After the Institutional Review Board approval and written informed consent, this prospective, randomized, double blind study was conducted on 60 ASA Grade I/II patients of either sex in the age group of 20-60 years admitted for elective surgery under general anaesthesia. Patients having known hepatic, neuromuscular disease, thyroid or renal disease, known allergy to study drug, receiving any drug known to affect neuromuscular transmission and BMI > 30 kg/ m2 were excluded from the study. The patients were randomly divided into four groups of 15 each to receive infusion of study drugs as follows:
Group AV: Amino acid infusion and vecuronium bromide.
Group CV: Normal saline and vecuronium bromide. Group AAt: Amino acid infusion and Atracurium besylate.
Group CAt: Normal saline and atracurium besylate.
Patients were premedicated with IV fentanyl 2mcg.kg -1 , 5 min before induction. All patients were induced with thiopentone sodium 5mg.kg -1 body weight. Depending upon the group allocation, vecuronium bromide (0.1mg.kg -1 ) or atracurium besylate (0.5mg.kg -1 ) were administered in a rapidly running intravenous infusion, and the airway was secured with a cuffed endotracheal tube of appropriate size at TOF 0 or at 5 min after neuromuscular blocking agent. Anaesthesia was maintained with nitrous oxide 66% in oxygen and 0.8% isoflurane. Ventilation was controlled to maintain normocapnia. The amino acid mixture used in our study was 10% w/v mixture of 20 amino acids (Celemin),[Additional file 1]
Composition of Celemin
Amino acid solution or normal saline was prepared in a micro drip set, by a person not further involved in the study and was handed over to the operator. A continuous intravenous infusion of the solution thus handed over was started at the rate of 100ml/h through a separate dedicated IV line before surgical incision and continued till reversal of the patient from anaesthesia. Ringer's lactate at operating room temperature was given for fluid replacement intraoperatively.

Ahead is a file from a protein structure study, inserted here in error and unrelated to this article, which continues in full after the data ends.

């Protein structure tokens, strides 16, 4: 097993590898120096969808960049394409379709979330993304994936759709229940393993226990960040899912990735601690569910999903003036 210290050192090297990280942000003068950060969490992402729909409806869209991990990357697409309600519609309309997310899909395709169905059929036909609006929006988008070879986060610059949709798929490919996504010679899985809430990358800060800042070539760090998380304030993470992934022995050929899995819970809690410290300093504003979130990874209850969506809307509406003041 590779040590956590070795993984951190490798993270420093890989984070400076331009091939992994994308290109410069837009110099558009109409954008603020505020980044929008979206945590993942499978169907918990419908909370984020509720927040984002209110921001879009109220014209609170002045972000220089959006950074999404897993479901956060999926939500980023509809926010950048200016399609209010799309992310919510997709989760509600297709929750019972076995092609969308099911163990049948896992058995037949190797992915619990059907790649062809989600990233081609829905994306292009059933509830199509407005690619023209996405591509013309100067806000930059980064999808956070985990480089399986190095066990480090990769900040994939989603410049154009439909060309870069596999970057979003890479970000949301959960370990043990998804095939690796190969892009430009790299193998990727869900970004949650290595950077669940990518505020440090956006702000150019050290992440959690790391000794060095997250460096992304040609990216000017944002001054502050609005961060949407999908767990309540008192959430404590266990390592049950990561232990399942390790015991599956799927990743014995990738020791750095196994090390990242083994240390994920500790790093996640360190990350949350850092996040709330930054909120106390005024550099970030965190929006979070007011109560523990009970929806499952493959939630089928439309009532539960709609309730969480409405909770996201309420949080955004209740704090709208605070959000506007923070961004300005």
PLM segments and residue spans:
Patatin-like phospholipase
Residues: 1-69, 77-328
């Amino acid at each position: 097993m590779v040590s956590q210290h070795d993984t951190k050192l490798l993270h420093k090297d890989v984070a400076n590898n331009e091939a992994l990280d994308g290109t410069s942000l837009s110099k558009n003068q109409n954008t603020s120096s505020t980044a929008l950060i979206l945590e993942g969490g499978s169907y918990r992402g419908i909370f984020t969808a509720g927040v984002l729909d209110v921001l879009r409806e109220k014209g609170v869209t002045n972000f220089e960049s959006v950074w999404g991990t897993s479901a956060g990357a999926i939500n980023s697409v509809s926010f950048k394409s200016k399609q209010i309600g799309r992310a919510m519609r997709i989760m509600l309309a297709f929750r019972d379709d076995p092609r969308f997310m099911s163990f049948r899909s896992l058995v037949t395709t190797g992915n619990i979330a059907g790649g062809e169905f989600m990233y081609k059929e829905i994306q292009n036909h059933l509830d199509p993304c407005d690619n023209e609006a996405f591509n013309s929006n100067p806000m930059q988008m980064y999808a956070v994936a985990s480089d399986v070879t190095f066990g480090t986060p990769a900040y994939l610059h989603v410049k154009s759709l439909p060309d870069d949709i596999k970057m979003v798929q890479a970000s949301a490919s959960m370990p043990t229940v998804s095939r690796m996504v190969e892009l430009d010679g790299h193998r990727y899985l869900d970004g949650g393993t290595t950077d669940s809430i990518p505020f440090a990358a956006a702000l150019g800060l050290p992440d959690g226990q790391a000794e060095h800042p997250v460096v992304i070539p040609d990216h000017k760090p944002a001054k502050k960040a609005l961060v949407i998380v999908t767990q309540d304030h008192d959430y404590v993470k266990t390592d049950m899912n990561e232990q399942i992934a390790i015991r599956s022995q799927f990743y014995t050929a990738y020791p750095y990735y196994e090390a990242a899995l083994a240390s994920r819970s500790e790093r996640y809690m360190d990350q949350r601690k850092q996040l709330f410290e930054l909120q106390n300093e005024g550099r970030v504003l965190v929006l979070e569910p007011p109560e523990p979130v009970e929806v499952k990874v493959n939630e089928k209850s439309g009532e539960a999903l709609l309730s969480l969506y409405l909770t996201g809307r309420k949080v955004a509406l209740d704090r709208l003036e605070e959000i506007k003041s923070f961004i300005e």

Datex Ohmeda AS3 multiparameter monitor was used for intraoperative monitoring. Temperature probe of the monitor was hung freely for one minute to record ambient temperature. Core temperature was monitored from a probe inserted in the nasopharynx and surface temperature was measured over adductor pollicis muscle. Temperature at the two sites (core and surface) was recorded before induction (pre induction), after securing the airway (baseline) and every 10 minutes thereafter.
Neuromuscular monitoring was carried out with TOF stimulation using a TOF Watch. The time from the injection of muscle relaxant to the return of the first, second, third and fourth response in TOF (T1, T2, T3, and T4) and time to 25% recovery of neuromuscular blockade was recorded and compared between the four groups.
At the end of surgery the residual neuromuscular blockade was reversed with atropine 0.02mg.kg -1 and neostigmine 0.06 mg.kg -1 .
| Statistical analysis|| |
We chose the group size of 15 each without performing power analysis because:
There was no study to go by where effect of amino acid on recovery from neuromuscular blockade caused by atracurium. The literature on vecuronium bromide was also limited.
After completing the study in the vecuronium group with N= 15 and cc = 0.05 the power of study was found to be 75% for the vecuronium groups. The power couldnot be calculated for the atracurium as no difference was found in the test and control groups( AAt& CAt)
All the results are expressed as a mean ± standard deviation. Patient characteristics were compared using chi-square test. All the other data were compared using Student's t test.
| Results|| |
The four groups were similar in their demographic profile, type and duration of surgery, ambient temperature and amount of fluids infused [Table 1] (p>0.05).
The time from injection of vecuronium bromide to return of T1, T2, T3, T4 were longer in the control group as compared to aminoacid groups,(p>0.05). The time to 25% recovery (T4/T1 25%) was 60.59 ± 11.39 minutes and 51 ± 14.72 minutes in the control and amino acid groups respectively (p< 0.05).
The time to recovery from atracurium injection to return of T1, T2, T3, T4 and T4/T1 25%was similar in both the control and amino acid groups [Table 2] (p>0.05).